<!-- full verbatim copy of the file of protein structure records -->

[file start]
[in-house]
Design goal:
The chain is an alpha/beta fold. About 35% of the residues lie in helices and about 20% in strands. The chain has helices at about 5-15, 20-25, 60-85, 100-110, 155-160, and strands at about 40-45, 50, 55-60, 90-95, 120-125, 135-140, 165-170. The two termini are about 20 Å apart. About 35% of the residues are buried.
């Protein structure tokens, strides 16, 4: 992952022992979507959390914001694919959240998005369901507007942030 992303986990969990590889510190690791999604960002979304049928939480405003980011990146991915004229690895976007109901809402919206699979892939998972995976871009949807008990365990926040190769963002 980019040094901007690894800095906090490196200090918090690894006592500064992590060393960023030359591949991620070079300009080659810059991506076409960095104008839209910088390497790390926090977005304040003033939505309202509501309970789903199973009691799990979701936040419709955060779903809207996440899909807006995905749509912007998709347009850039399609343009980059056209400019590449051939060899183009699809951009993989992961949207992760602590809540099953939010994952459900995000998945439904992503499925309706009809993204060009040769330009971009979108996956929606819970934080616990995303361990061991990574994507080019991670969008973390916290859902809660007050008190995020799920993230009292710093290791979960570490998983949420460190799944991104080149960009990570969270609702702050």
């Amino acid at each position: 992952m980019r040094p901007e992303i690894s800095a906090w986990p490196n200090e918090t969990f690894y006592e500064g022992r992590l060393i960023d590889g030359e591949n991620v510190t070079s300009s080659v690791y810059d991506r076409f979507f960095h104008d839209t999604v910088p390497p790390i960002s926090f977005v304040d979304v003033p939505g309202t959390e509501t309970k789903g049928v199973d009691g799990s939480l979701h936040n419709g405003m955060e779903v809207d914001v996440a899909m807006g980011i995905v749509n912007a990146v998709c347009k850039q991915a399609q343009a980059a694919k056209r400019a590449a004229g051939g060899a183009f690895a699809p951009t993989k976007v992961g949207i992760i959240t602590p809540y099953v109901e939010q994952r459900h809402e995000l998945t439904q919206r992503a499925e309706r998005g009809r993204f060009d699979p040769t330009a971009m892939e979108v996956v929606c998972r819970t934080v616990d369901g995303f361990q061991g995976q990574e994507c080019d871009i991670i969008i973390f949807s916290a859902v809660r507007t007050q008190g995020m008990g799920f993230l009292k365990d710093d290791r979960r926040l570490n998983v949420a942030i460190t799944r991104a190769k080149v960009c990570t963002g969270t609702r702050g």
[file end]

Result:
[in-house]
Design goal:
The chain is an alpha/beta fold. About 35% of the residues lie in helices and about 20% in strands. The chain has helices at about 5-15, 20-25, 60-85, 100-110, 155-160, and strands at about 40-45, 50, 55-60, 90-95, 120-125, 135-140, 165-170. The two termini are about 20 Å apart. About 35% of the residues are buried.
């Protein structure tokens, strides 16, 4: 992952022992979507959390914001694919959240998005369901507007942030 992303986990969990590889510190690791999604960002979304049928939480405003980011990146991915004229690895976007109901809402919206699979892939998972995976871009949807008990365990926040190769963002 980019040094901007690894800095906090490196200090918090690894006592500064992590060393960023030359591949991620070079300009080659810059991506076409960095104008839209910088390497790390926090977005304040003033939505309202509501309970789903199973009691799990979701936040419709955060779903809207996440899909807006995905749509912007998709347009850039399609343009980059056209400019590449051939060899183009699809951009993989992961949207992760602590809540099953939010994952459900995000998945439904992503499925309706009809993204060009040769330009971009979108996956929606819970934080616990995303361990061991990574994507080019991670969008973390916290859902809660007050008190995020799920993230009292710093290791979960570490998983949420460190799944991104080149960009990570969270609702702050």
């Amino acid at each position: 992952m980019r040094p901007e992303i690894s800095a906090w986990p490196n200090e918090t969990f690894y006592e500064g022992r992590l060393i960023d590889g030359e591949n991620v510190t070079s300009s080659v690791y810059d991506r076409f979507f960095h104008d839209t999604v910088p390497p790390i960002s926090f977005v304040d979304v003033p939505g309202t959390e509501t309970k789903g049928v199973d009691g799990s939480l979701h936040n419709g405003m955060e779903v809207d914001v996440a899909m807006g980011i995905v749509n912007a990146v998709c347009k850039q991915a399609q343009a980059a694919k056209r400019a590449a004229g051939g060899a183009f690895a699809p951009t993989k976007v992961g949207i992760i959240t602590p809540y099953v109901e939010q994952r459900h809402e995000l998945t439904q919206r992503a499925e309706r998005g009809r993204f060009d699979p040769t330009a971009m892939e979108v996956v929606c998972r819970t934080v616990d369901g995303f361990q061991g995976q990574e994507c080019d871009i991670i969008i973390f949807s916290a859902v809660r507007t007050q008190g995020m008990g799920f993230l009292k365990d710093d290791r979960r926040l570490n998983v949420a942030i460190t799944r991104a190769k080149v960009c990570t963002g969270t609702r702050g």